The rugged Adriatic Italian region of Abruzzo has become renowned for it’s Montepulciano, a splendid but much underrated grape variety that delivers rich and often complex red wines.
Despite producing wines of such quality, Abruzzo still struggles to gain a reputation as one of Italy’s serious wine producing regions. This is not because of any major defects in this indigenous variety, nor is it because of any lack of skilled producers. The main issue is that Montepulciano has a habit of leaving its native Abruzzo in large cooperative tankers and ending up in bottles of Chianti or other blended Italian reds, many of which can be found on the shelves of supermarkets. Abruzzo wine production is dominated by cooperatives with 80% of the regions wine being produced by coops.
Montepulciano is Abruzzo’s major player, the only other variety of any importance in the region is Trebbiano. Abruzzi Trebbiano carries one major flaw which is in consumers eyes Trebbiano is responsible for many low quality, mass produced Tuscan white wines. But Trebbiano d’Abruzzo is not the same thing as its Tuscan Trebbiano, and the wines it produces can be of great quality. Despite Trebbiano d’Abruzzo’s excellent potential for ageing, the majority of wine produced remains simple, never oaked or aged, for early drinking.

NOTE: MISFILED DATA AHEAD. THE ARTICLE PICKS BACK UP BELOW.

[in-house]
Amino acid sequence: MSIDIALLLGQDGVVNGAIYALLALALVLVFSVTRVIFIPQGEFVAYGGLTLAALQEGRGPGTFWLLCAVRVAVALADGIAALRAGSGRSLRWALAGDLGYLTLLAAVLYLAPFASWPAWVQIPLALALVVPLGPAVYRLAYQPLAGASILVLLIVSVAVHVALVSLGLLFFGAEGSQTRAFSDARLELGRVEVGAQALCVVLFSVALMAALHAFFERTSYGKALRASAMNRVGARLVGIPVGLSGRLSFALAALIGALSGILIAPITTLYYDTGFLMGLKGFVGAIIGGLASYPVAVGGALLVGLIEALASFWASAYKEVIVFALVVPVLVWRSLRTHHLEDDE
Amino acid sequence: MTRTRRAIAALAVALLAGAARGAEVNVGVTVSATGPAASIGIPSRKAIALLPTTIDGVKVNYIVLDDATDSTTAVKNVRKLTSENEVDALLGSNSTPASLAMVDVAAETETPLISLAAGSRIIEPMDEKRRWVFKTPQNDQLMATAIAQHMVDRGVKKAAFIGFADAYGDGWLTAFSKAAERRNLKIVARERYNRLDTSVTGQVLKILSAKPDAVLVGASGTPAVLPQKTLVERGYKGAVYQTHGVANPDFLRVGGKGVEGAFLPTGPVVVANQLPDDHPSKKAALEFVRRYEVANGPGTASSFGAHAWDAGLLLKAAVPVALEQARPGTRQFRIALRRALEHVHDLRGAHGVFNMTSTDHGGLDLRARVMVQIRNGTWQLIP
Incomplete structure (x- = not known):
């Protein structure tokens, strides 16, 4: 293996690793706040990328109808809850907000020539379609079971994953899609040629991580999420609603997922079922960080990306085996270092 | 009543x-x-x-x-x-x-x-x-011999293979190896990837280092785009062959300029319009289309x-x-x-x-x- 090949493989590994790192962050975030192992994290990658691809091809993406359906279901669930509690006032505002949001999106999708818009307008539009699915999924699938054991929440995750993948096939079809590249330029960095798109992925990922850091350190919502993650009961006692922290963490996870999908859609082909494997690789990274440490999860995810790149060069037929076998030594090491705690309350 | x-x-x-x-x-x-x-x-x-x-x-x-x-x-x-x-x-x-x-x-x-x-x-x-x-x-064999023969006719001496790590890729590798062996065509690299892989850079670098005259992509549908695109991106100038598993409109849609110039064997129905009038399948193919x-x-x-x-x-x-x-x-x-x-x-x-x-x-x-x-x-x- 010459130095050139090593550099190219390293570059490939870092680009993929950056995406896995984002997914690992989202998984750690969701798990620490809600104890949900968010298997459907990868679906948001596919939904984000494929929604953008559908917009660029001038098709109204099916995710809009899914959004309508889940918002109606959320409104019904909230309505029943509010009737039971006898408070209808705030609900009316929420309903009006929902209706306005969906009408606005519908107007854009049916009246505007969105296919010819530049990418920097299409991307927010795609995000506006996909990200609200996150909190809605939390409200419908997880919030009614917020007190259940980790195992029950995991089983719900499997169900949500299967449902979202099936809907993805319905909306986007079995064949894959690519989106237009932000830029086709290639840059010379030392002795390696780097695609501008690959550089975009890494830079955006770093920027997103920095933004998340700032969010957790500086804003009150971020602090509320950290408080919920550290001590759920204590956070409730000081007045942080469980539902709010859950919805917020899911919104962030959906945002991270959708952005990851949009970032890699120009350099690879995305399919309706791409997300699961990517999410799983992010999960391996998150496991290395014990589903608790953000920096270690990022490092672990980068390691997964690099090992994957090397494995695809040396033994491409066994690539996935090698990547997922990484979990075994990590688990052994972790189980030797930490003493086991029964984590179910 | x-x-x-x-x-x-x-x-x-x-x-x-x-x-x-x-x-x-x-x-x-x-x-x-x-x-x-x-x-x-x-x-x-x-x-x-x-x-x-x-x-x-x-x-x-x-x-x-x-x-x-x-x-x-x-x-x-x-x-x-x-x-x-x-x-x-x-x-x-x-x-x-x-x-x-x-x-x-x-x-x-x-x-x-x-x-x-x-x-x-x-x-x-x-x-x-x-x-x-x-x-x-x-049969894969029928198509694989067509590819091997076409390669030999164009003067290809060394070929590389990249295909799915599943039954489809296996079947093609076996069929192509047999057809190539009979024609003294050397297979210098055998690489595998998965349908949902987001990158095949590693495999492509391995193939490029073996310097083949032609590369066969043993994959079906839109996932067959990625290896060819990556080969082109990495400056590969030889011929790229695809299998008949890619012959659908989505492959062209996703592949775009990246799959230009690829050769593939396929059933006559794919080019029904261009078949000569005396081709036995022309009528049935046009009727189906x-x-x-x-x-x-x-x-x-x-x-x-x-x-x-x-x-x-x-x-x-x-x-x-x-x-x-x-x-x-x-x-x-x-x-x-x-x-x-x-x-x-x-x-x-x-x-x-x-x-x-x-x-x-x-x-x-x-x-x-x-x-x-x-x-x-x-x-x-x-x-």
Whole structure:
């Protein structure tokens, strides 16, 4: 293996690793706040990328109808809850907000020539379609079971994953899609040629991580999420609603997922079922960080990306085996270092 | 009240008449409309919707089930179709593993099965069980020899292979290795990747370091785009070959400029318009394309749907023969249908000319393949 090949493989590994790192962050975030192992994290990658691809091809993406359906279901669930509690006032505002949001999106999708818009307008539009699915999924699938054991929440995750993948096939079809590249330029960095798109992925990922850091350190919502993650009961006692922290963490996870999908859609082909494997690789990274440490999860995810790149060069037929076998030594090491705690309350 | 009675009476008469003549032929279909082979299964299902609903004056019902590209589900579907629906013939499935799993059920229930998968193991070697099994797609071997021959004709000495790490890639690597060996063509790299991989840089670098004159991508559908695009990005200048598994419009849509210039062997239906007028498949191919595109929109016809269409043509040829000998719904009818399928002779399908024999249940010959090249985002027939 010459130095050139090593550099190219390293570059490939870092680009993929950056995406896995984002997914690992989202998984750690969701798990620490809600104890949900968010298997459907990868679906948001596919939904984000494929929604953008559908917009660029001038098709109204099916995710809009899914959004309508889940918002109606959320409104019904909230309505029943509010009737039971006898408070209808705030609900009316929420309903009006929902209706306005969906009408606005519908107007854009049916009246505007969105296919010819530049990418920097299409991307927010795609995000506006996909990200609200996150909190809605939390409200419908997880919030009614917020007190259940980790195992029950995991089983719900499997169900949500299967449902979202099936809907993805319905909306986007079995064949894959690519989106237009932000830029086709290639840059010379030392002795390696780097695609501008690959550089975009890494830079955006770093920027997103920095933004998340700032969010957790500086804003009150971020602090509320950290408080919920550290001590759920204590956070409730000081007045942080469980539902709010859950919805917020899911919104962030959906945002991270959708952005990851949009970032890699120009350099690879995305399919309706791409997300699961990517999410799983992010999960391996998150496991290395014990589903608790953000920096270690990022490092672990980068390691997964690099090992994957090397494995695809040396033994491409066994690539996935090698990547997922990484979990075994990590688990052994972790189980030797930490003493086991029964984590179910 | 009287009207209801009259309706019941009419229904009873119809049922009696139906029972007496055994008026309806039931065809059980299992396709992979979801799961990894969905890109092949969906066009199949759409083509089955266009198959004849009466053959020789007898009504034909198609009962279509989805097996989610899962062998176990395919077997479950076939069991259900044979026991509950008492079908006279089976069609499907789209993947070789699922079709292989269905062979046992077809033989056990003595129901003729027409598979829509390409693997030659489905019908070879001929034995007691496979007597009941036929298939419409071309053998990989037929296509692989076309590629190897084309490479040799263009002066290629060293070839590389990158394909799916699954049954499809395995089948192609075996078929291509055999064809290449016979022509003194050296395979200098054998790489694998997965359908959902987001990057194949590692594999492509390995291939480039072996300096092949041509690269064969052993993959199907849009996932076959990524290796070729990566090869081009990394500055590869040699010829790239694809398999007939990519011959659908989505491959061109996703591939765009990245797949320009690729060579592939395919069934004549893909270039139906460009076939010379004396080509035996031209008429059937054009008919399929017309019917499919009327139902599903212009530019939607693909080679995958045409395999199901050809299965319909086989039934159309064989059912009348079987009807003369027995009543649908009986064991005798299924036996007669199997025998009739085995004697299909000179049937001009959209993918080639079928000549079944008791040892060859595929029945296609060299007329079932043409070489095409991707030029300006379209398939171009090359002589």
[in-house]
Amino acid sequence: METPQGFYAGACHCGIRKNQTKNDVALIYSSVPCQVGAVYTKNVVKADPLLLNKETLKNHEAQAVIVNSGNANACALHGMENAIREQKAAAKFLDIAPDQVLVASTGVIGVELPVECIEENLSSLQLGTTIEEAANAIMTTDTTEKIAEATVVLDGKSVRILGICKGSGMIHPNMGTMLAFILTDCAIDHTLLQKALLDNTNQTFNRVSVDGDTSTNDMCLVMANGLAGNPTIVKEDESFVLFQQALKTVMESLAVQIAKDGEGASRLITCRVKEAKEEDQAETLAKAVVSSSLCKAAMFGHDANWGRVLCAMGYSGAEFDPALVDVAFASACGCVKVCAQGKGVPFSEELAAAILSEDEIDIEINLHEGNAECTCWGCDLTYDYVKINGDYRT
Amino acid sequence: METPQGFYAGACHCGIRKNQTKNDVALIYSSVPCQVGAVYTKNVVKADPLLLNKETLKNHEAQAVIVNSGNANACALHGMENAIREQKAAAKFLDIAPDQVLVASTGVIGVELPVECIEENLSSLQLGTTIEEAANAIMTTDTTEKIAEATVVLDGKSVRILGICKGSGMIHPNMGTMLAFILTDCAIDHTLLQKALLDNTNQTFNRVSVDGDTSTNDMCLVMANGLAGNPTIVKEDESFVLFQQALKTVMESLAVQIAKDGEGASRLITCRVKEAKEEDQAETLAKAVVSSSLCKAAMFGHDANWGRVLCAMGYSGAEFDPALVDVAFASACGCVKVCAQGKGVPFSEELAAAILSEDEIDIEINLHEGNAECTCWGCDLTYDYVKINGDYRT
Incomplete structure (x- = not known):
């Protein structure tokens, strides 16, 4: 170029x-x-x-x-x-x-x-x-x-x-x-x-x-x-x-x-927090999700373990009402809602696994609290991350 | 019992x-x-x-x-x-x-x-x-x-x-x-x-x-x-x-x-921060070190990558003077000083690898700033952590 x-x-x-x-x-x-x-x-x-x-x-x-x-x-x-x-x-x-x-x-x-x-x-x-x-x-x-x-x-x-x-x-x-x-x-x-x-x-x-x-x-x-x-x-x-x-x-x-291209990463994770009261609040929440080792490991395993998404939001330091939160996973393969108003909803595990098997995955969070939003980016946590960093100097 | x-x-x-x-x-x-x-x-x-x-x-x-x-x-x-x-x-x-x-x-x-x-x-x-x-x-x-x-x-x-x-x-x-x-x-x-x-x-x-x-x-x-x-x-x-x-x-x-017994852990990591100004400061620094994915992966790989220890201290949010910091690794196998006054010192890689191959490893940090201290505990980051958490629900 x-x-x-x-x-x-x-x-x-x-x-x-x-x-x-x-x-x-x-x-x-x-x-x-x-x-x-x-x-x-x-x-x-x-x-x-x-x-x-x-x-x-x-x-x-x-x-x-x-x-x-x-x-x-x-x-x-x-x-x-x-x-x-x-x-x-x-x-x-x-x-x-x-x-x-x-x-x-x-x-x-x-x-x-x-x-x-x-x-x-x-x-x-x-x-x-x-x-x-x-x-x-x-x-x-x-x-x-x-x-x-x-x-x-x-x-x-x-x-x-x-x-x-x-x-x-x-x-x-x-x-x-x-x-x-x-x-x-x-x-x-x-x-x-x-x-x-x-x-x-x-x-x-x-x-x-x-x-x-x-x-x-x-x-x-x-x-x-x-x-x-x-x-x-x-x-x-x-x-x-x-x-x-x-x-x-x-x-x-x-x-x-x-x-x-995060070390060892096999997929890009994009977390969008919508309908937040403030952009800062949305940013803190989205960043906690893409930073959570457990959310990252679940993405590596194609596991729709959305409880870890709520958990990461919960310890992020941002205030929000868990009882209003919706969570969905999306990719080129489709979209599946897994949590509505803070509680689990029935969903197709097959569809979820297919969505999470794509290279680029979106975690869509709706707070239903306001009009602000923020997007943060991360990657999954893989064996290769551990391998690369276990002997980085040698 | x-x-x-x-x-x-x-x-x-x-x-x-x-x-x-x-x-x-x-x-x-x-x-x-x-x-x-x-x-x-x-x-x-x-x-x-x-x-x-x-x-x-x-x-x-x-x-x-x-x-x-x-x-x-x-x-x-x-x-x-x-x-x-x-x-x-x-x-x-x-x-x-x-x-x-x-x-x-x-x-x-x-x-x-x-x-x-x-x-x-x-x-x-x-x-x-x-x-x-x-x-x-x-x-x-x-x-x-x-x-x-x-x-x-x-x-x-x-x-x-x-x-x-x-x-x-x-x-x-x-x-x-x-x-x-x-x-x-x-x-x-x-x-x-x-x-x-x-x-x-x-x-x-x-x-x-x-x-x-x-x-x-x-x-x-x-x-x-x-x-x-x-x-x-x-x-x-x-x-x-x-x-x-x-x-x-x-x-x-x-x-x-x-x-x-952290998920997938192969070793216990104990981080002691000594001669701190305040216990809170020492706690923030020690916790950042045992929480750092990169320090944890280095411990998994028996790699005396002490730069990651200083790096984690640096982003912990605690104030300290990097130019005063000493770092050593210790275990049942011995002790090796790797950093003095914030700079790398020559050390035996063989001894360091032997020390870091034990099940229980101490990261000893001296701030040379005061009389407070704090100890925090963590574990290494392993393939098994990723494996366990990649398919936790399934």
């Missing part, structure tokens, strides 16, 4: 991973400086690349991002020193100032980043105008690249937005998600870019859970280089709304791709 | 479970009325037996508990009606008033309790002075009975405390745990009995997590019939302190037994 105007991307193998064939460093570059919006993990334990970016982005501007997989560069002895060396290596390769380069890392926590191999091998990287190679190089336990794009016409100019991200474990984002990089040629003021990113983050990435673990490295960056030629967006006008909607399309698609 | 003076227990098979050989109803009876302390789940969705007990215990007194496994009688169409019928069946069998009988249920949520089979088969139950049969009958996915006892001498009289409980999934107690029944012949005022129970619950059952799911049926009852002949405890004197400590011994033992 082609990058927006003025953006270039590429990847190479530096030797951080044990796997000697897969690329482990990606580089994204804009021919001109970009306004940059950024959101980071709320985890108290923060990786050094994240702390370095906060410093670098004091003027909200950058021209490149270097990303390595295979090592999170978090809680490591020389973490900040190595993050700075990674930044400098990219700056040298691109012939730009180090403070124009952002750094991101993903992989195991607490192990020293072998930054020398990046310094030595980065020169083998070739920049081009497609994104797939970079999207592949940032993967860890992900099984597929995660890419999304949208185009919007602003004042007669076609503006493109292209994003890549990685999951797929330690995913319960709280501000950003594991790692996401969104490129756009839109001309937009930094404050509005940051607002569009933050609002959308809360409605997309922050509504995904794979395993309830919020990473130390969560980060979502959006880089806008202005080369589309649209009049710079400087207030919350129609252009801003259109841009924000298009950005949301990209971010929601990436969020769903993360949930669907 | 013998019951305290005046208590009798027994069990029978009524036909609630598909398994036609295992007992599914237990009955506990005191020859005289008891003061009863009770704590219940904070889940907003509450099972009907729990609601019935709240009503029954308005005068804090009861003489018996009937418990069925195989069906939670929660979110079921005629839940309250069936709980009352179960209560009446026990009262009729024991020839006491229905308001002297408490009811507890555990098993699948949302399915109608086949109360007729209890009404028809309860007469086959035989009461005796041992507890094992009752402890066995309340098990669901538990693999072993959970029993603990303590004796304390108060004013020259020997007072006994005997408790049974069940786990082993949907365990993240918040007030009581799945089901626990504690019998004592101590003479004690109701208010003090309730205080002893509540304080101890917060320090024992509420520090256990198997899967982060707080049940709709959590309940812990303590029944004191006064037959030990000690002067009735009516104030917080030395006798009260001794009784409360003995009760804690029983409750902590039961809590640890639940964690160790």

There are other varieties worth note that grow on Abruzzi soils. Pecorino (not the cheese), is a high-acid grape that grows and thrives on the regions higher slopes. Other whites such as Passerina and Montonico are native Abruzzi grape varieties, but where previously used to make sparkling wine, but are now often been used to produce dry table wines drunk around the regions hotels and restaurants .
As with the rest of Italy there is a rediscovery of ancient native varieties but Abruzzi’s star player is still Montepulciano. It’s versatility means it can produce many differing stles of wine capable of satisfying many different, yet discerning palates. It can be made in stainless steel to produce a simple wine with freshness and clear fruit flavours. But if managed correctly and produced in low yields, it can be aged in wood to create wines of altogether greater depth, concentration and complexity, many of which would rival the mid to high priced Tuscan wines.